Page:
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What to Do With a Hollow Log

Old or sick trees eventually die; and with a wealth of trees on our property, Lou usually has several trees to remove every year. Much of the wood is cut and stacked neatly, to be used in the fireplace during cold winters. Large stumps, such as those in our Stump World, may be left in the woods to rot, providing shelter and food to myriads of creatures over the years. But this year we had several more interesting hollow logs, and I immediately recognized their potential as features in the garden. 

When a long, shaggy, moss-covered limb fell, I saw it as a woodland serpent with a wide open mouth, ready to swallow its prey. It had broken into two pieces when if hit the ground. The two pieces together were about twenty-five feet long - quite a snake! Lou was doubtful at first, but I convinced him the serpent log would make a great edging to the trail next to our fern glade. He and a helper loaded the pieces onto the back of a truck and hauled them to the entrance of the woodland garden, then carried them from there. I think it was worth their effort!

Here is a view of the two pieces of the serpent log in place; you can see part of the second piece in the center rear of the picture.:

Lou thinks it looks like an alligator, and maybe it does. But it really is too long to be anything but a serpent. I wish the two pieces were intact. I am going to encourage the vinca to grow over the ends so that it looks like the center of the snake is hidden in the growth.

Here is the back end of the serpent log. Lou had to cut the sharp jagged end off for the safety of people walking along the trail.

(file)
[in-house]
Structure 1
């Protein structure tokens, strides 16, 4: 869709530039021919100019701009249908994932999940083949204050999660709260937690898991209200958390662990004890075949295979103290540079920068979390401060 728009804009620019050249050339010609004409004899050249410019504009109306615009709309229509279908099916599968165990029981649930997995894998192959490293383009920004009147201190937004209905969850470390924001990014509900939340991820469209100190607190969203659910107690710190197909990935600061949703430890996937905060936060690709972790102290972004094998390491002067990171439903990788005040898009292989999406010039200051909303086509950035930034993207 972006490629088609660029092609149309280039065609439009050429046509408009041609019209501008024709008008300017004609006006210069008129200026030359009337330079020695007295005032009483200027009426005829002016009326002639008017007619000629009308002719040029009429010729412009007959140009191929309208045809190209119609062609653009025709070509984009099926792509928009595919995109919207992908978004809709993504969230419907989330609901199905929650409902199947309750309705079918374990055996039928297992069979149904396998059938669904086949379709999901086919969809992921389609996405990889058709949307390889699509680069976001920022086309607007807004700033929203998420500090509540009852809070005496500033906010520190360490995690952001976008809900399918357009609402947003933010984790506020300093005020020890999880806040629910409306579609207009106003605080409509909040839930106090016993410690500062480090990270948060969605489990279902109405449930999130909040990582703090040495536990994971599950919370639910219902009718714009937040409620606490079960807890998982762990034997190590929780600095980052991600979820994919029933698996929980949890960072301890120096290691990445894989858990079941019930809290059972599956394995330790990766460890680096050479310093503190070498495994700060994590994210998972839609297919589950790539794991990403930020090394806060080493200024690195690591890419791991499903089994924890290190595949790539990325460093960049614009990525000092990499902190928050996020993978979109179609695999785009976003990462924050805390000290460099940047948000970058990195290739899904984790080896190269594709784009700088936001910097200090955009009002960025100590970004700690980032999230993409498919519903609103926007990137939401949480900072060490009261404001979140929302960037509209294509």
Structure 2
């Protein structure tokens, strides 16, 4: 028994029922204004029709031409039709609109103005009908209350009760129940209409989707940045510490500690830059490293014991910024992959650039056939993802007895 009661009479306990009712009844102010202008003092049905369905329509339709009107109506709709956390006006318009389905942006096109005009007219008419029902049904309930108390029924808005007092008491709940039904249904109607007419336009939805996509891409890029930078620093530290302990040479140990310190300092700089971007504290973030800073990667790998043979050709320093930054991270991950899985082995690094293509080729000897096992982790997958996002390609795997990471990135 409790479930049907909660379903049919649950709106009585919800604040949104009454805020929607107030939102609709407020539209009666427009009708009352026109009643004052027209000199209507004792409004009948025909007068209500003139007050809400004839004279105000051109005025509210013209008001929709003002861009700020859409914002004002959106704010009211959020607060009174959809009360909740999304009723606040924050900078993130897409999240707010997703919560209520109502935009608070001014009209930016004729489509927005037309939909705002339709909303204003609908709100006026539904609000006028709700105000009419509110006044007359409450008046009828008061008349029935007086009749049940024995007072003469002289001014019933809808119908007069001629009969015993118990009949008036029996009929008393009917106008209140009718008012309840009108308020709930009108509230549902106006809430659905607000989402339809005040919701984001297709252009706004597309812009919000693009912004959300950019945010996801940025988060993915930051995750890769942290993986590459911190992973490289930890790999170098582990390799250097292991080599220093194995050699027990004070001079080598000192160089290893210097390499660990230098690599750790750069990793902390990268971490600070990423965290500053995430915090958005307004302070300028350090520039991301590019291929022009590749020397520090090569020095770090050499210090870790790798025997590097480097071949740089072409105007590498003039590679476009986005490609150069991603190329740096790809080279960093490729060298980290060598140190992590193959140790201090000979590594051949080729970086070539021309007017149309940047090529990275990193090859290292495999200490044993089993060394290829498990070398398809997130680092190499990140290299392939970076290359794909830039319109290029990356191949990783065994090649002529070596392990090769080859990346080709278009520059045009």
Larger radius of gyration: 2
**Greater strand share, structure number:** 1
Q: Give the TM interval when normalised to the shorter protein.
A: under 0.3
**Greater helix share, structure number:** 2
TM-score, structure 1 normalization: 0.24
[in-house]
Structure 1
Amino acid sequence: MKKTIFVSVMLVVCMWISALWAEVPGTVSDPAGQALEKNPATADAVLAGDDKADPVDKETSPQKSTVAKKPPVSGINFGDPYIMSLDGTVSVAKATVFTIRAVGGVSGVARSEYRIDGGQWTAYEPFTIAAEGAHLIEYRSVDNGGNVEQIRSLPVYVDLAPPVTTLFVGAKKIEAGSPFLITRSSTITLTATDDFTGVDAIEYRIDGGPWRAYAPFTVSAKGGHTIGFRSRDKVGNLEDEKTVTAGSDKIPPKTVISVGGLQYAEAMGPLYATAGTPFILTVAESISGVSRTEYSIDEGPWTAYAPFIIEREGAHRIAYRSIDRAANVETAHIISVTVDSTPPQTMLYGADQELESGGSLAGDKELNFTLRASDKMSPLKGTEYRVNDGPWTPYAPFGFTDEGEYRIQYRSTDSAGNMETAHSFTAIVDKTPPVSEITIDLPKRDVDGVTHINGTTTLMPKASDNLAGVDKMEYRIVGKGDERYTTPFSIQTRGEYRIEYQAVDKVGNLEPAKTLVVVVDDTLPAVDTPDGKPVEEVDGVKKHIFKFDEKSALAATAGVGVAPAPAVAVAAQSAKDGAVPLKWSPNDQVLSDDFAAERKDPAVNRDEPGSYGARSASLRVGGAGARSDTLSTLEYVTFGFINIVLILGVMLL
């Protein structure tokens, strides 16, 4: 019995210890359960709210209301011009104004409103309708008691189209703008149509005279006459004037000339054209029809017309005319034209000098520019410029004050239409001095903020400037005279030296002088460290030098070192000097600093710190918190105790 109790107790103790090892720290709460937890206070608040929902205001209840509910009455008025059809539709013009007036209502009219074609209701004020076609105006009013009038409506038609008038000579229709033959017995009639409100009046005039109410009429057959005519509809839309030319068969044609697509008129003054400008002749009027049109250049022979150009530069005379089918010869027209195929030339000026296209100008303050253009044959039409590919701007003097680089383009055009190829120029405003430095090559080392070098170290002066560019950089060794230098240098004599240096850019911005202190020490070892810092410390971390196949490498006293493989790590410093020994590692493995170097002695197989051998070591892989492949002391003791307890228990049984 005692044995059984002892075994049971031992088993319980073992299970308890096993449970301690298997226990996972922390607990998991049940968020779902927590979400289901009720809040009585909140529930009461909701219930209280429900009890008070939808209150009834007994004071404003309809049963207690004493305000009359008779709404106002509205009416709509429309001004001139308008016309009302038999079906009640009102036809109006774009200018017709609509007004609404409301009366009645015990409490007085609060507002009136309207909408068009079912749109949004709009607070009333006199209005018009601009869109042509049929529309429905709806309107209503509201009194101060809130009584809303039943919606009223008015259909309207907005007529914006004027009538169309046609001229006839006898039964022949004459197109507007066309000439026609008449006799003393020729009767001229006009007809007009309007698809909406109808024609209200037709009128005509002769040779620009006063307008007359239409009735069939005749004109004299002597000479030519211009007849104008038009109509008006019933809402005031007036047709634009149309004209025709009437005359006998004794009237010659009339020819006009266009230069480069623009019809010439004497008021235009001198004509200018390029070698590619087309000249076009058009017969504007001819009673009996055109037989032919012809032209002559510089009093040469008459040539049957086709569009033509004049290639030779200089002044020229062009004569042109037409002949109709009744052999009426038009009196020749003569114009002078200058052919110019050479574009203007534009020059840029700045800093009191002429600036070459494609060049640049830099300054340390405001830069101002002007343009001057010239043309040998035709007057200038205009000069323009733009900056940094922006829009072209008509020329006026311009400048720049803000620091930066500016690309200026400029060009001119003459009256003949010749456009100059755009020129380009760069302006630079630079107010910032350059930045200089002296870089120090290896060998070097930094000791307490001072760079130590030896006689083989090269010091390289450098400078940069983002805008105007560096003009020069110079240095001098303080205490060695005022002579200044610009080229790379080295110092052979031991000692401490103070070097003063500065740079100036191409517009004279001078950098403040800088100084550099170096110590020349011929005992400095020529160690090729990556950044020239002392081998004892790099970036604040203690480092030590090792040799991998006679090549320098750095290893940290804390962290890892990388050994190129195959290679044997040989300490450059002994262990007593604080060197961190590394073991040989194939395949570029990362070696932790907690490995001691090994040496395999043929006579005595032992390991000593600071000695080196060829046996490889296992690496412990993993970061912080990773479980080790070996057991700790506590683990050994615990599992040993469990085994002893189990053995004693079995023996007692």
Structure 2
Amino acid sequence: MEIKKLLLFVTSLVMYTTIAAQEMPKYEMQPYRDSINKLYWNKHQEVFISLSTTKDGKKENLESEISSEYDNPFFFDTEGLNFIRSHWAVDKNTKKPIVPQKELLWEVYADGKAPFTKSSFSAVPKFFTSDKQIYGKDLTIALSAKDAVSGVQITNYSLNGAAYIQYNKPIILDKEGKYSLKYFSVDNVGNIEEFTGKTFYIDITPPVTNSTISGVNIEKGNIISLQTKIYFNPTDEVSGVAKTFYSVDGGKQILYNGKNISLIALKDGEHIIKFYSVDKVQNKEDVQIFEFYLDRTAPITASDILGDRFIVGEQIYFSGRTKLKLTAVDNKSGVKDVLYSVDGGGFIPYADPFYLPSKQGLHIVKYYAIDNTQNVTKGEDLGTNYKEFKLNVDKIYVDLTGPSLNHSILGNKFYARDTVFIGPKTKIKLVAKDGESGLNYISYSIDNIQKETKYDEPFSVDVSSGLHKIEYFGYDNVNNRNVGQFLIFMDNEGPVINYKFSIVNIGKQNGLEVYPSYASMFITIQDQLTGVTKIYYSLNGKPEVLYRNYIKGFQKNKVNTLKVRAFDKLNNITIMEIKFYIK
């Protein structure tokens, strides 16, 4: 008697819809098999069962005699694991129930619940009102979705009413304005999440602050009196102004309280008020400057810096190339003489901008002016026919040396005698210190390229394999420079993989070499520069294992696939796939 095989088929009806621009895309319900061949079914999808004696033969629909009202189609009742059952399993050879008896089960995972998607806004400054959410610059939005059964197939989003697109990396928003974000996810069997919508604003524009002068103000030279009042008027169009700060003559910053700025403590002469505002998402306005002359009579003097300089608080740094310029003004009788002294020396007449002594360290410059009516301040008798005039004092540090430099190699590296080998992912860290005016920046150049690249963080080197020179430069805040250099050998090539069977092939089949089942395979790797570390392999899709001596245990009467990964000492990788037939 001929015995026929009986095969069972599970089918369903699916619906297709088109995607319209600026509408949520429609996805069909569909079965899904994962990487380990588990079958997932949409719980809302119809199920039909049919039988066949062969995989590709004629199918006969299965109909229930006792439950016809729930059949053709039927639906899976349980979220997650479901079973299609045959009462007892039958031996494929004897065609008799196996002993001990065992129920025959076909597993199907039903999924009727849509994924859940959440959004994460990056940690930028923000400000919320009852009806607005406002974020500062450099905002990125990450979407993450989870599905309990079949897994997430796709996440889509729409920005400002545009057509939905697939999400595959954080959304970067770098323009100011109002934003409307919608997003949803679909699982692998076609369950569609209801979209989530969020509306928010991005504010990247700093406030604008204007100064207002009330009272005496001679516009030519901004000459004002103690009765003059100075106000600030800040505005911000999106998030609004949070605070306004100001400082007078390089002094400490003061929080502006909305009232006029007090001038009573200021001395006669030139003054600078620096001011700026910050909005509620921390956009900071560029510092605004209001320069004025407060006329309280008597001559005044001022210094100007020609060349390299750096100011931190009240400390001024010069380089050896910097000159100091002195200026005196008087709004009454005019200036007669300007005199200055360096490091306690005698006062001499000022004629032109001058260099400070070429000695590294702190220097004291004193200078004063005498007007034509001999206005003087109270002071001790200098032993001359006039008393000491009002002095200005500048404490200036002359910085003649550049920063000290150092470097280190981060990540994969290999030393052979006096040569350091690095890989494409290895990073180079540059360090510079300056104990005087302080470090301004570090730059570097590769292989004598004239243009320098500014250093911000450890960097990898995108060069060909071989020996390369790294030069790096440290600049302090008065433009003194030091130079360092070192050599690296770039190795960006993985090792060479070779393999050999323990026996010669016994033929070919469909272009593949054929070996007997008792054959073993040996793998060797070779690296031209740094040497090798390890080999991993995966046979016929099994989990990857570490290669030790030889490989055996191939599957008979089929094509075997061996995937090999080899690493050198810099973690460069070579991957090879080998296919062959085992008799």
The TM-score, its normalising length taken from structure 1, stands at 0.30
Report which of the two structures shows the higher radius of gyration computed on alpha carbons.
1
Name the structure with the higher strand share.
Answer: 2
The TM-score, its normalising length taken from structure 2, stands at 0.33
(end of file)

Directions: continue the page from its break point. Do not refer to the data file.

This trail is next to our fern glade, and I also used a couple of hollow logs to make some easy rustic planters for the same area. I simply put the logs in place, then filled their cavities with a good potting mix prior to planting.These hollow logs came from a chestnut oak:

Here is another log I think has a lot of character. I laid it on its side and used it as part of the edging beside the fern glade:

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Reader Comments (6)

I love the whimsy of your new additions! Thank you for encouraging me to look around at what we might have! xo

What a fabulous serpent. I see it. That end will soon age and not be so noticeable and your plants will cover some of it too. The stump planters are sweet. I have a hollow log I have been contemplating. Nothing as big as yours. A shorty but wide open all the way through. Don't you just love those gifts from the forest!?!

May 26, 2019 | Unregistered CommenterLisa at Greenbow

I love your serpent log! And to think it arrived with that wonderful moss already in place. I inherited a couple of old tree stumps, left in place on alternate ends of the garden probably because their roots helped stabilize slopes in both areas. I filled the decayed center of one with soil and planted it with prickly aloes, yet the raccoons still consider the spot their own personal lavatory, regularly leaving unsavory "presents." One day, I'm going to hollow the space out further and plant something too big for them to squat in or next to!

May 26, 2019 | Unregistered CommenterKris P

I love the logs turned into planters, especially the one with ferns.

May 28, 2019 | Unregistered CommenterJason

I like the idea of turning a hollow log into a planter and, yes, the 25 foot long log looks like a serpent!

The hollow logs make fantastic rustic planters, I reckon the serpent does indeed look like a very long crocodile.

June 5, 2019 | Unregistered CommenterAlistair

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